By Nur Cherubi and Salim Busuru

Once upon a time, in the mid 1100’s there was a certain mason commissioned to work on what would be known as, one of the most culturally significant buildings, The Notre Dame de Paris in France. Every day, the mason would walk to the site and curve stones, ensuring they fit perfectly in the structure they were making. This was honest work, work that took care of his family and gave him a sense of purpose in life. The mason woke up diligently everyday for decades and went to work on the site for his family and quite so for his nation. However, on the 15th of April 2019, a fire razed the building destroying its roof and beautiful spire, almost destroying a significant chunk of the glorious cathedral were it not for the fire fighters doing a wonderful job.
Notre Dame is magnified for its gothic architectural beauty and the effort it took to build the structure, from the first foundations placed in 1163 to the final masterpiece, which was consecrated as complete in 1345. The time stamp from its conception to the finished structure should tell us the cathedral is more than just a building. It took 182 years of construction to create the architectural wonder. The mason who worked on the building is part of history, he created something that his descendants would look upon with pride and appreciation of the effort it took to finish the masterpiece.
Many of the citizens in France have held this building close to their heart, because it is their ancestors that toiled all those years for the dream to materialize and seeing the cathedral being damaged pulls on their conscious, because deep down, they know of the sacrifice and effort made by that mason who worked consistently for years.
It should then come as no surprise that just after the fire, those that were in France for the holy week came, both citizens and tourists, surrounded the building, and held a vigil with their candles lit throughout the night. The French President then held a short briefing at the site stating that he will start an international fundraising campaign to cater for the funds for rebuilding. This fundraising was then kick-started by three super rich families in France, pledging a total of about 600 million Euros.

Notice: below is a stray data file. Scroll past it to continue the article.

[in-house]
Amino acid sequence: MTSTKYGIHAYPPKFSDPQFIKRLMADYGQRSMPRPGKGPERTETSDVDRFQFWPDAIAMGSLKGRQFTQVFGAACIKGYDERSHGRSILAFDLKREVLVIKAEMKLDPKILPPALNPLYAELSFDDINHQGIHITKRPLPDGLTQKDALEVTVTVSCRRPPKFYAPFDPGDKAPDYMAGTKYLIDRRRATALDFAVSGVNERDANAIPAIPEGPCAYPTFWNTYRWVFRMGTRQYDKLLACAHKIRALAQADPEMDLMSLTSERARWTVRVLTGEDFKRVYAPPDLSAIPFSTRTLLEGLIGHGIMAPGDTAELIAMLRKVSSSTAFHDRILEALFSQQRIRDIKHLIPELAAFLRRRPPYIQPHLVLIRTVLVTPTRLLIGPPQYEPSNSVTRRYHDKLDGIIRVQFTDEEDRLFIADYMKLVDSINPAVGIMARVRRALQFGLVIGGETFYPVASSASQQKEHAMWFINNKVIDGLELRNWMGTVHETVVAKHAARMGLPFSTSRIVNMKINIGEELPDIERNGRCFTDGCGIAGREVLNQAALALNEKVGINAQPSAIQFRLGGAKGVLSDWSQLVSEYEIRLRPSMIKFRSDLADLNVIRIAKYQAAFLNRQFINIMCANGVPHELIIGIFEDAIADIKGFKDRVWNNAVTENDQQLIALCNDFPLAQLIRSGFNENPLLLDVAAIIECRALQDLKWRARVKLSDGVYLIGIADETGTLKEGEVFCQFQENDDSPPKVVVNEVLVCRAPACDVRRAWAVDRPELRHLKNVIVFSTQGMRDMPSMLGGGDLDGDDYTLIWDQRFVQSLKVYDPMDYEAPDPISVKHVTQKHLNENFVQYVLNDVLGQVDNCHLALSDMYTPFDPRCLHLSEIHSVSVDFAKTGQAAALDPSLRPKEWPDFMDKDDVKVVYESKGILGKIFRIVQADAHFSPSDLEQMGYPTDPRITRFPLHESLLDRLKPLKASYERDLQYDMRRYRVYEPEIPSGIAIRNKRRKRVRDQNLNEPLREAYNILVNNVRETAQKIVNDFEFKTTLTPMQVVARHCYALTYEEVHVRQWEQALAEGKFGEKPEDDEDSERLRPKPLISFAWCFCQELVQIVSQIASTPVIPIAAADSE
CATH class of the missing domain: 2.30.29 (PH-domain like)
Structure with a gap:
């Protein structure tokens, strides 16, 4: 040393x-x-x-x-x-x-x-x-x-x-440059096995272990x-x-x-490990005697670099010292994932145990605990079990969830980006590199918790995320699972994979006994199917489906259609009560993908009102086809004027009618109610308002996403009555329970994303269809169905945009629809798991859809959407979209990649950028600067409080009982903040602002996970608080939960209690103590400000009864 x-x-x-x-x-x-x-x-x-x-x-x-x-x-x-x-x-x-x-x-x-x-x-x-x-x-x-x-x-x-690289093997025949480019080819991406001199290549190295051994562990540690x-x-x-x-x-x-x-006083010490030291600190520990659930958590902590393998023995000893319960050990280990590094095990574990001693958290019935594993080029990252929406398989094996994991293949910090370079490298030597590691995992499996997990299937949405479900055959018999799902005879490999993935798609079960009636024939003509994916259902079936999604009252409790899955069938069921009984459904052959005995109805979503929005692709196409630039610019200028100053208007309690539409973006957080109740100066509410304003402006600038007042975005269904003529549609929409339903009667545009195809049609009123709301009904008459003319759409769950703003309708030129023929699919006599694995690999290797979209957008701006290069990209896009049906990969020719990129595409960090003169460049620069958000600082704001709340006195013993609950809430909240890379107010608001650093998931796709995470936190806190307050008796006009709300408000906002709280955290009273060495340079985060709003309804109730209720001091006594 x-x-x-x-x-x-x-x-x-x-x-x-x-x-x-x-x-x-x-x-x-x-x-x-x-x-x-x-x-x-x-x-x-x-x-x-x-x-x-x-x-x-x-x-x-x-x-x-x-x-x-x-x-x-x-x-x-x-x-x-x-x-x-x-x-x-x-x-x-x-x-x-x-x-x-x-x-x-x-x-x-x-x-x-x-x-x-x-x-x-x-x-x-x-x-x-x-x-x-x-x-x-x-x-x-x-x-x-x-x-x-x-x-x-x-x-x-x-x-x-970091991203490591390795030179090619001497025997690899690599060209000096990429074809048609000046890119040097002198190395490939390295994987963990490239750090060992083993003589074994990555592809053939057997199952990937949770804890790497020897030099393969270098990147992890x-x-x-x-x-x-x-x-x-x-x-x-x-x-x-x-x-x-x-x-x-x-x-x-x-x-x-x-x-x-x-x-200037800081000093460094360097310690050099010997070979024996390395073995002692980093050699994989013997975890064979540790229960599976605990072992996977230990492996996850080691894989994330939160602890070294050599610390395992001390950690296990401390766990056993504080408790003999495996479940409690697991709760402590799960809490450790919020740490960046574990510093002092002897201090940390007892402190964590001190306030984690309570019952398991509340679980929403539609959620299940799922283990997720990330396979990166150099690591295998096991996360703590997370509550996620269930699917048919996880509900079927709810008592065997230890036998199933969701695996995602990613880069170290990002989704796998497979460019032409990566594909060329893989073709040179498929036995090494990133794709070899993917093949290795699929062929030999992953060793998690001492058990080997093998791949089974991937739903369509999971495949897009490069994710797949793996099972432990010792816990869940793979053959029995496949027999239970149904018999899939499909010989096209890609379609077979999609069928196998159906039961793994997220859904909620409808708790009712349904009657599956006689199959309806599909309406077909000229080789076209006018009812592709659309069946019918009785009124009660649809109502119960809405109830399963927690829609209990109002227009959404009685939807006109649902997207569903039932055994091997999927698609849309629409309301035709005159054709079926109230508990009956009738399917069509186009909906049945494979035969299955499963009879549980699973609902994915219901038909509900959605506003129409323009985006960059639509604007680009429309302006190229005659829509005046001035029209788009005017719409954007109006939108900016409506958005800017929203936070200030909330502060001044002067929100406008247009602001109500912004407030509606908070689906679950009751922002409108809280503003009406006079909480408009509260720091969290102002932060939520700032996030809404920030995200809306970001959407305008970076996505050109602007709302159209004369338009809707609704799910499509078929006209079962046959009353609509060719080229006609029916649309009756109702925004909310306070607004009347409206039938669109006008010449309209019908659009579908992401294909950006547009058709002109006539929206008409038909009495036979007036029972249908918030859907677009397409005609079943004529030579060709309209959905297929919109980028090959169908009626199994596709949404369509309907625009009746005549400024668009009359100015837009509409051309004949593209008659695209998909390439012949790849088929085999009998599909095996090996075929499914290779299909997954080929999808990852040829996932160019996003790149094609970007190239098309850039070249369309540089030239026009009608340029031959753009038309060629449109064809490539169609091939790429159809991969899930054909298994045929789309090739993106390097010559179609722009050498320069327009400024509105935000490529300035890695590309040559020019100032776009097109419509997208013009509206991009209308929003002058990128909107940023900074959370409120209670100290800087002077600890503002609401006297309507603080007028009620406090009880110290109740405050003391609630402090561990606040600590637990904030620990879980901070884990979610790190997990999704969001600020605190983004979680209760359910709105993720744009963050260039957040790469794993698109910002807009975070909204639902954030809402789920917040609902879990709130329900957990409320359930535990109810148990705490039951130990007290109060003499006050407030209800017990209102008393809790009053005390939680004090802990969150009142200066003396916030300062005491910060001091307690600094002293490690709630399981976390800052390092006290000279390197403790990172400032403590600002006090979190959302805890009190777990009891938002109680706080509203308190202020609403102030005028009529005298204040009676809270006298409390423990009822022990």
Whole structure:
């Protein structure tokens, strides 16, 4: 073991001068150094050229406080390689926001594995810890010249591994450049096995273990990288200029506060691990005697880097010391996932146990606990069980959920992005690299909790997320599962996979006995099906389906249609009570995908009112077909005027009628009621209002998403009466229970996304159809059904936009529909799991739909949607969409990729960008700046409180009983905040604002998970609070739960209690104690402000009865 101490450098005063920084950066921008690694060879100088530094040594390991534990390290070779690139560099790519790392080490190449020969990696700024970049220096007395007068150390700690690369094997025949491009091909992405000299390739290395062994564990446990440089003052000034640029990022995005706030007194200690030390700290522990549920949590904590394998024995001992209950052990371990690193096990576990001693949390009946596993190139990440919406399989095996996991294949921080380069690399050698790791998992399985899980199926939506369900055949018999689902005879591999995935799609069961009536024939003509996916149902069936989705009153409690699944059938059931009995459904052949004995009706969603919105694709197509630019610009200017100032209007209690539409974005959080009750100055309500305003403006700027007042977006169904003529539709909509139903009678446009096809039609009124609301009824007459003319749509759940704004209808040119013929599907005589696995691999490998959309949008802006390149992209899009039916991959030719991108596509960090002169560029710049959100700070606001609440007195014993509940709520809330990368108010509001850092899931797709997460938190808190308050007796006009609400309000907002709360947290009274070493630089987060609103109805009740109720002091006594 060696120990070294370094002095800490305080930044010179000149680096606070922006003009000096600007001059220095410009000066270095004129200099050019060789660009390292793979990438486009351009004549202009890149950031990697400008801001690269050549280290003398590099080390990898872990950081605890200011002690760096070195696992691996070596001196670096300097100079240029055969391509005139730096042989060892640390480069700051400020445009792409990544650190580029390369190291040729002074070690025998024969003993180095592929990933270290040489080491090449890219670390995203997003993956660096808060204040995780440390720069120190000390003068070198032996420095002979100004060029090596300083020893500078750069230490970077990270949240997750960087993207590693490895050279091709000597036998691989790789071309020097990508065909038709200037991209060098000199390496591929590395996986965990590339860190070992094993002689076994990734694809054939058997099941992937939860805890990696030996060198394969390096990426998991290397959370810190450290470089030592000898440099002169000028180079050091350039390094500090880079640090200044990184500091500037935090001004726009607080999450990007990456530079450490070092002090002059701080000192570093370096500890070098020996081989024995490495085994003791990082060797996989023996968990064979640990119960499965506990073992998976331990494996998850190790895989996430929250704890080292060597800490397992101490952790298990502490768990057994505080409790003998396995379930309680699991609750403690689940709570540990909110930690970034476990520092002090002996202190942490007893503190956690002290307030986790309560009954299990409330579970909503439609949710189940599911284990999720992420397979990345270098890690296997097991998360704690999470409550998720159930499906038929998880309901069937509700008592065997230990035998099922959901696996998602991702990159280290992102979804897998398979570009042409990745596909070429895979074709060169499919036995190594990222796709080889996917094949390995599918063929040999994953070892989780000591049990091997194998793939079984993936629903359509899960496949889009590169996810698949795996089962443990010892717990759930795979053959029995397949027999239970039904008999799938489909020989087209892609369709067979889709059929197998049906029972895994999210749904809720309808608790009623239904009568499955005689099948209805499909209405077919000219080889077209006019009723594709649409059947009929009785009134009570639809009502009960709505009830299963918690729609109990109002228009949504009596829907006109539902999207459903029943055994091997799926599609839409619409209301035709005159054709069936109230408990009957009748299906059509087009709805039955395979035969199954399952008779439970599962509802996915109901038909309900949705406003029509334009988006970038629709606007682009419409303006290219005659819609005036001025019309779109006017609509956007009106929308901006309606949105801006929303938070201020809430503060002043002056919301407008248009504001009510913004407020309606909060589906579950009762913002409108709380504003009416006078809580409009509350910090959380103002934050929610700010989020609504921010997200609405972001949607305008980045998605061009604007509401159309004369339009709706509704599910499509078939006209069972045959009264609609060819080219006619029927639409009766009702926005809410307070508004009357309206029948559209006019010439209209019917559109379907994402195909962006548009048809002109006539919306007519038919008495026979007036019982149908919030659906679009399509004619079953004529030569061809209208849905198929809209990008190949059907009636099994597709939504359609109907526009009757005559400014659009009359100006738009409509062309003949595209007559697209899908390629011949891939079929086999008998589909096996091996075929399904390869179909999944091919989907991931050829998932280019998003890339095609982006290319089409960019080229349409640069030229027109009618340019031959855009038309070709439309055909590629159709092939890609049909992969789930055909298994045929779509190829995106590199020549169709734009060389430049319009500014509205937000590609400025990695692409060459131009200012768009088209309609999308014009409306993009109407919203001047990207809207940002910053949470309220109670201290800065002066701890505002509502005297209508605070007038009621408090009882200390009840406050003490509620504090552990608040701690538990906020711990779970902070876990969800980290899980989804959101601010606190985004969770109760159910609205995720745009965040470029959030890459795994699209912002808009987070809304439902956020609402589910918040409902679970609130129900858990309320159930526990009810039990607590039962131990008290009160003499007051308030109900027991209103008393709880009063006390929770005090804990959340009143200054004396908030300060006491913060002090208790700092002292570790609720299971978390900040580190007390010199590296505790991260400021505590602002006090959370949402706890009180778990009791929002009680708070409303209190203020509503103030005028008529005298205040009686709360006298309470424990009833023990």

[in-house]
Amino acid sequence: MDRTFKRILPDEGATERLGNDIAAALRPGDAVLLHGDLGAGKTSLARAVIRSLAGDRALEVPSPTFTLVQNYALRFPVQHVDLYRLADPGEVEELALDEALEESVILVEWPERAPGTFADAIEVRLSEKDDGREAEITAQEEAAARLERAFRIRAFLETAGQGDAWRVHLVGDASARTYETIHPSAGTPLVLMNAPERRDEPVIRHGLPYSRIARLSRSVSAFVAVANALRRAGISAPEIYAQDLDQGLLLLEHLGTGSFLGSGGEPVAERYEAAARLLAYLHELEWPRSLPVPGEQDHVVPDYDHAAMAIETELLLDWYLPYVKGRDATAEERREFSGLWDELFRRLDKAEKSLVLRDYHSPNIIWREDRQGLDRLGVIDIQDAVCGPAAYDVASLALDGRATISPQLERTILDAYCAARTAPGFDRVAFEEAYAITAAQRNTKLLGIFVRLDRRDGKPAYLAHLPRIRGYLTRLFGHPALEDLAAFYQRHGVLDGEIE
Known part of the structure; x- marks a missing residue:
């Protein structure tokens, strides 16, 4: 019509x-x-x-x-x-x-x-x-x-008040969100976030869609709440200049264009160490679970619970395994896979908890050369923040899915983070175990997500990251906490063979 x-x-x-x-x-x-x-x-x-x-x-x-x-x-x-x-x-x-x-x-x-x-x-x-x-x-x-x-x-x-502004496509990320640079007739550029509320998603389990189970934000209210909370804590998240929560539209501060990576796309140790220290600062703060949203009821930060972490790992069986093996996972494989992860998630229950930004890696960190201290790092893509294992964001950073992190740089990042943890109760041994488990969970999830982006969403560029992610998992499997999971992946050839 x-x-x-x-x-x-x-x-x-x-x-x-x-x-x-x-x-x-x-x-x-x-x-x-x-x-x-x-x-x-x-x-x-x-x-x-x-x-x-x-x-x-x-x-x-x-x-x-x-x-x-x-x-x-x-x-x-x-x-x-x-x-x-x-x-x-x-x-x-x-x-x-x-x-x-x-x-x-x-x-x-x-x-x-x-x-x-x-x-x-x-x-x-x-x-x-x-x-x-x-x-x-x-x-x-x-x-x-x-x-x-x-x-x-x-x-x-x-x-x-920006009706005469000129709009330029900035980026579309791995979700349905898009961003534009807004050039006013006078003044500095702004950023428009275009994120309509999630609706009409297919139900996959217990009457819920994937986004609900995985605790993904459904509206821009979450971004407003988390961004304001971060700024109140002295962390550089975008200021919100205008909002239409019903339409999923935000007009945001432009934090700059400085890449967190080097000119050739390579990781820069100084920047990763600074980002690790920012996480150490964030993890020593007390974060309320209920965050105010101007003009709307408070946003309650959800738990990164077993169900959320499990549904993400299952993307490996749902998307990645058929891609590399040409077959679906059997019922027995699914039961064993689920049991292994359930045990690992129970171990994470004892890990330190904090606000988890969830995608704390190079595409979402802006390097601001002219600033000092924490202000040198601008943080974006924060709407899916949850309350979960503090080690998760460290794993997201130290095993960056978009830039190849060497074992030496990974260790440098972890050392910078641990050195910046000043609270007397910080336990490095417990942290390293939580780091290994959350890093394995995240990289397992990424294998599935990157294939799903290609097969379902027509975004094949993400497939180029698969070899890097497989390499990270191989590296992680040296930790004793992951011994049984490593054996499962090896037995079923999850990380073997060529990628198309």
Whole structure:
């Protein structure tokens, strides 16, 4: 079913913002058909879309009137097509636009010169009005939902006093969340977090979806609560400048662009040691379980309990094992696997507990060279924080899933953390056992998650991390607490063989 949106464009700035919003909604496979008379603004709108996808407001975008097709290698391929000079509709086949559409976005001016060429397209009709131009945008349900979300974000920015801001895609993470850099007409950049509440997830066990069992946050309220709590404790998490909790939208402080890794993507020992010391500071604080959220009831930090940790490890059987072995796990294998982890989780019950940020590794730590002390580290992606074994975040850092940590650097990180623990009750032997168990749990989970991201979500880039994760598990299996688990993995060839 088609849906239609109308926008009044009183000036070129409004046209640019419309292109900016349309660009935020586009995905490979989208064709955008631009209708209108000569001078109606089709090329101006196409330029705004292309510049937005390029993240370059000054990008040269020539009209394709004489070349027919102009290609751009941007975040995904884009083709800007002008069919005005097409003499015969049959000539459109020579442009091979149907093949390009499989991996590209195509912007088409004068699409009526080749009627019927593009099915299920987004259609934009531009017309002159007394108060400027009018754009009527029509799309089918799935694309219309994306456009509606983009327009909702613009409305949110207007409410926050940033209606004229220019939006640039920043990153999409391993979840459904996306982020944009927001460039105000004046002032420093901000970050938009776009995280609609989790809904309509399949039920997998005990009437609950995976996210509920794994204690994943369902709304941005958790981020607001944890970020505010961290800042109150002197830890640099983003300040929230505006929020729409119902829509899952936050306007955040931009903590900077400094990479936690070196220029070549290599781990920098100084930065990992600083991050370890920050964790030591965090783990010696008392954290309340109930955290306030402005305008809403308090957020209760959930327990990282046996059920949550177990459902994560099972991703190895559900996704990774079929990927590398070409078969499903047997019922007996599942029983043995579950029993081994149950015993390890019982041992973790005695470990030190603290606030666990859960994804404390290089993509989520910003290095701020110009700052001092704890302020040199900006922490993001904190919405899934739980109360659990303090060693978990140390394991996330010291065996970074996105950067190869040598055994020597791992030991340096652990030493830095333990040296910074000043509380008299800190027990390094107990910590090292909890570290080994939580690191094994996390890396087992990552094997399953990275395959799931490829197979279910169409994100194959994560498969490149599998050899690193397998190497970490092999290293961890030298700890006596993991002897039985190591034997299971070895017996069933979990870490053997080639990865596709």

Despite the French trying to make sure part of their history is not lost, by the wealthy families pledging 600 million Euros to the remake of their building, has rubbed some people the wrong way, stating that the pledges would have been directed towards helping the poor in Africa and in other third world countries.
If the mason were alive today, he would be the first to pledge. His work has resonated with his descendants in France and they have followed suit. Those who have pledged millions are sending out the message that you cannot put a price on culture. The actions of the French should be taken as a lesson by those Africans who believe the pledges by the superrich in France can serve a nobler cause in their home land ,such as taking care of the poor. The lesson to learn is that only we are custodians of our lands, our languages, our history and we should start acting accordingly with that in mind.
In a different time during the 4th century, another mason would wake up every day and go to work on what is now an endangered site in Africa. The Abu Mena. The site includes a great basilica and an adjacent church that was used to bury the great Saint Minas who died a matyr. Ten centuries later, our ancestors would then go to work on Kilwa Kisiwani, the most important trading area in East Africa, which included a palace, a mosque and an Omani fortress.
Our ancestors built these amazing sites, but unlike the French, their descendants have not taken care of them and they are in ruins. Africa is the most culturally diverse continent in the world with a number of sites and artefacts that tell our story and the stories of our forefathers
Looking back at the Notre Dame de Paris, it is a symbol of the French religious identity and has remained standing in the shape it is today, not only because of its structural integrity, but mainly because people cared enough to ensure it was not destroyed. As Avandu, We believe we should follow suit and do the same regarding our heritage

Breeden, A. (2019) Millions in Notre-dame Donations Pour in as France Focuses on Rebuilding. The New York Times.
Dickson, E. J. (April 2019) How should France Rebuild Notre Dame. Rolling Stone
UNESCO (2018) Africa World Heritage Site: Sites in Danger.


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